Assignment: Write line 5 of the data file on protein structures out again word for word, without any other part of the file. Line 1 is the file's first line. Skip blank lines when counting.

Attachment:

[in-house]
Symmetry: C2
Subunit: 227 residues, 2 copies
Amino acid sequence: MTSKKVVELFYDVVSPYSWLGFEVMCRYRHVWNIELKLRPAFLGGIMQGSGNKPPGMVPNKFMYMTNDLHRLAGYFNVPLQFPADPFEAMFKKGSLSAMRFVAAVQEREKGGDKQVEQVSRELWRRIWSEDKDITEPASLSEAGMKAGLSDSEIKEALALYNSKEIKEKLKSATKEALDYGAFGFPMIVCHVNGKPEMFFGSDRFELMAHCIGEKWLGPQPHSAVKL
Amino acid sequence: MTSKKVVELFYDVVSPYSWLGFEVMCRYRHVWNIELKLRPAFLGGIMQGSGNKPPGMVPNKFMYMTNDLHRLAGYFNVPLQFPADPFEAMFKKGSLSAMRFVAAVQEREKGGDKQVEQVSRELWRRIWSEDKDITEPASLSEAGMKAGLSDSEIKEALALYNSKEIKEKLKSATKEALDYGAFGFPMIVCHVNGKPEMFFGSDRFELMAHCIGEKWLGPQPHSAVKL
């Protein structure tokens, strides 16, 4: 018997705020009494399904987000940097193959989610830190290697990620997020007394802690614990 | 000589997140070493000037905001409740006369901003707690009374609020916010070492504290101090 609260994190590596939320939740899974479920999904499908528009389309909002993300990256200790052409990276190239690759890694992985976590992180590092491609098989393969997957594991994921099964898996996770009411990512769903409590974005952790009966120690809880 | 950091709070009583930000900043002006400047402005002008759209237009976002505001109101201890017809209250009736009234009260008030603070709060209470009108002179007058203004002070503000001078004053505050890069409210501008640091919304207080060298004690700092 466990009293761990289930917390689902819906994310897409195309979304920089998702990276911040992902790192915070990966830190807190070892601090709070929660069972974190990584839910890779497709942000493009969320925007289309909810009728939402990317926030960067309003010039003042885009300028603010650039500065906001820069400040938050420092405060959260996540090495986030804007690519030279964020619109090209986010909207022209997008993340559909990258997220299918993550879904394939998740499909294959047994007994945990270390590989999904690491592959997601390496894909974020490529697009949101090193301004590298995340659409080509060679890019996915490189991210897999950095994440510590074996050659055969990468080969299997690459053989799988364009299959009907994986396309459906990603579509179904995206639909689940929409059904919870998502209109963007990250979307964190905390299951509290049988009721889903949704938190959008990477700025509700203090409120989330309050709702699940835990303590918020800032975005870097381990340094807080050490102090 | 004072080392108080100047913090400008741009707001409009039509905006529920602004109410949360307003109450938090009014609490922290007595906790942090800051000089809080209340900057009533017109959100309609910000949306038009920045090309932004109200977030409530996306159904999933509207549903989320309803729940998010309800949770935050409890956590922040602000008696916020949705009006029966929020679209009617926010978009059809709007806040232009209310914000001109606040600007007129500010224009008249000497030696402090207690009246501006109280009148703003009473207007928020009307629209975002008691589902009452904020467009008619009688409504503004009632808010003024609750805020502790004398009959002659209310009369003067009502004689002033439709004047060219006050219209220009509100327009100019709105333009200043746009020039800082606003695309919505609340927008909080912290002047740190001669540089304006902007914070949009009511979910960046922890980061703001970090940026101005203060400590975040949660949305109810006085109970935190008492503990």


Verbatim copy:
Amino acid sequence: MTSKKVVELFYDVVSPYSWLGFEVMCRYRHVWNIELKLRPAFLGGIMQGSGNKPPGMVPNKFMYMTNDLHRLAGYFNVPLQFPADPFEAMFKKGSLSAMRFVAAVQEREKGGDKQVEQVSRELWRRIWSEDKDITEPASLSEAGMKAGLSDSEIKEALALYNSKEIKEKLKSATKEALDYGAFGFPMIVCHVNGKPEMFFGSDRFELMAHCIGEKWLGPQPHSAVKL